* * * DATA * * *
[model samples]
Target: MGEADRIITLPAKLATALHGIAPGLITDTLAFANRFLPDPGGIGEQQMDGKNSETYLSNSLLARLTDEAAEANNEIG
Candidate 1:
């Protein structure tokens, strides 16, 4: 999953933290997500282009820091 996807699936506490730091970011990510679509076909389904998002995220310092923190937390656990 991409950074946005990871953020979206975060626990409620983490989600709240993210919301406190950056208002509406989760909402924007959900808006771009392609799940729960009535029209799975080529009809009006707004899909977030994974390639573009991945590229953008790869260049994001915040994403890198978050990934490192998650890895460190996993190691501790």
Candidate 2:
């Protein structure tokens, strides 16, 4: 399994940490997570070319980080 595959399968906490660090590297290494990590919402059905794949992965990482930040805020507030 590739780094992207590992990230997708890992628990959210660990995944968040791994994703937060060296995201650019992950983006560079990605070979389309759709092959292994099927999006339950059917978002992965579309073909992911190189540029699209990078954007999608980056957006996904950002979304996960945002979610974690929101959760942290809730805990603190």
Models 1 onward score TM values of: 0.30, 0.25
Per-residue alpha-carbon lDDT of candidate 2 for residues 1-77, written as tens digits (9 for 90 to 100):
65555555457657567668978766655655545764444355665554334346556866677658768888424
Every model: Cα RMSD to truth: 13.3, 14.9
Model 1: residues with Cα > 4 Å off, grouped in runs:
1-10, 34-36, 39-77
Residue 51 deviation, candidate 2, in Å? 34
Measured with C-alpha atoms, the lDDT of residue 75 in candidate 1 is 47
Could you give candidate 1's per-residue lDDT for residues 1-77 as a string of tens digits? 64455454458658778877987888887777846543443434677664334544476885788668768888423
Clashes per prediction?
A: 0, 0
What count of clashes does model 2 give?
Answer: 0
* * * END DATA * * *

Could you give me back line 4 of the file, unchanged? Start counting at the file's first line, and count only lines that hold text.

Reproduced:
């Protein structure tokens, strides 16, 4: 999953933290997500282009820091 996807699936506490730091970011990510679509076909389904998002995220310092923190937390656990 991409950074946005990871953020979206975060626990409620983490989600709240993210919301406190950056208002509406989760909402924007959900808006771009392609799940729960009535029209799975080529009809009006707004899909977030994974390639573009991945590229953008790869260049994001915040994403890198978050990934490192998650890895460190996993190691501790």